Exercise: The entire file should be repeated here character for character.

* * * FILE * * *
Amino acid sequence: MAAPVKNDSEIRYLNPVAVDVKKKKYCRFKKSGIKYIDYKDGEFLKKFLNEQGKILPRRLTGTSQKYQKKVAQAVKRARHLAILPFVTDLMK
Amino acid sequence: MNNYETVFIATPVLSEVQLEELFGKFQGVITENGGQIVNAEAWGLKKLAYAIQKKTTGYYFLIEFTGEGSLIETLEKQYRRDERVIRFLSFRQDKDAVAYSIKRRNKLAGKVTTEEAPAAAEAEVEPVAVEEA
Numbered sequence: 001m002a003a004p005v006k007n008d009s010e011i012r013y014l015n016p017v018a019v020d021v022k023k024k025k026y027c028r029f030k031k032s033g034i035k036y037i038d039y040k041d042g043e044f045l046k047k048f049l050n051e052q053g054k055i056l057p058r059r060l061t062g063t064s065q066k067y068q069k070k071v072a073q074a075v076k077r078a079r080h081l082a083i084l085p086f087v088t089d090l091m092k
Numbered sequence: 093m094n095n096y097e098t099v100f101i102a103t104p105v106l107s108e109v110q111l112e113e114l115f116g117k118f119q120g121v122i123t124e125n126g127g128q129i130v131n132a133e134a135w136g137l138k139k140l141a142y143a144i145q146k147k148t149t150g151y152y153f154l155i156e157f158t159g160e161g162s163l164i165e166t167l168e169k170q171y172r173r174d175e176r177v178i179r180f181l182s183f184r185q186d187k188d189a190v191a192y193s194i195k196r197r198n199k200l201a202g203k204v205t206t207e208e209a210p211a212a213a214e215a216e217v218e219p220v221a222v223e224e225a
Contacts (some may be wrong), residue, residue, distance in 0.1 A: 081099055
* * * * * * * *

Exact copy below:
Amino acid sequence: MAAPVKNDSEIRYLNPVAVDVKKKKYCRFKKSGIKYIDYKDGEFLKKFLNEQGKILPRRLTGTSQKYQKKVAQAVKRARHLAILPFVTDLMK
Amino acid sequence: MNNYETVFIATPVLSEVQLEELFGKFQGVITENGGQIVNAEAWGLKKLAYAIQKKTTGYYFLIEFTGEGSLIETLEKQYRRDERVIRFLSFRQDKDAVAYSIKRRNKLAGKVTTEEAPAAAEAEVEPVAVEEA
Numbered sequence: 001m002a003a004p005v006k007n008d009s010e011i012r013y014l015n016p017v018a019v020d021v022k023k024k025k026y027c028r029f030k031k032s033g034i035k036y037i038d039y040k041d042g043e044f045l046k047k048f049l050n051e052q053g054k055i056l057p058r059r060l061t062g063t064s065q066k067y068q069k070k071v072a073q074a075v076k077r078a079r080h081l082a083i084l085p086f087v088t089d090l091m092k
Numbered sequence: 093m094n095n096y097e098t099v100f101i102a103t104p105v106l107s108e109v110q111l112e113e114l115f116g117k118f119q120g121v122i123t124e125n126g127g128q129i130v131n132a133e134a135w136g137l138k139k140l141a142y143a144i145q146k147k148t149t150g151y152y153f154l155i156e157f158t159g160e161g162s163l164i165e166t167l168e169k170q171y172r173r174d175e176r177v178i179r180f181l182s183f184r185q186d187k188d189a190v191a192y193s194i195k196r197r198n199k200l201a202g203k204v205t206t207e208e209a210p211a212a213a214e215a216e217v218e219p220v221a222v223e224e225a
Contacts (some may be wrong), residue, residue, distance in 0.1 A: 081099055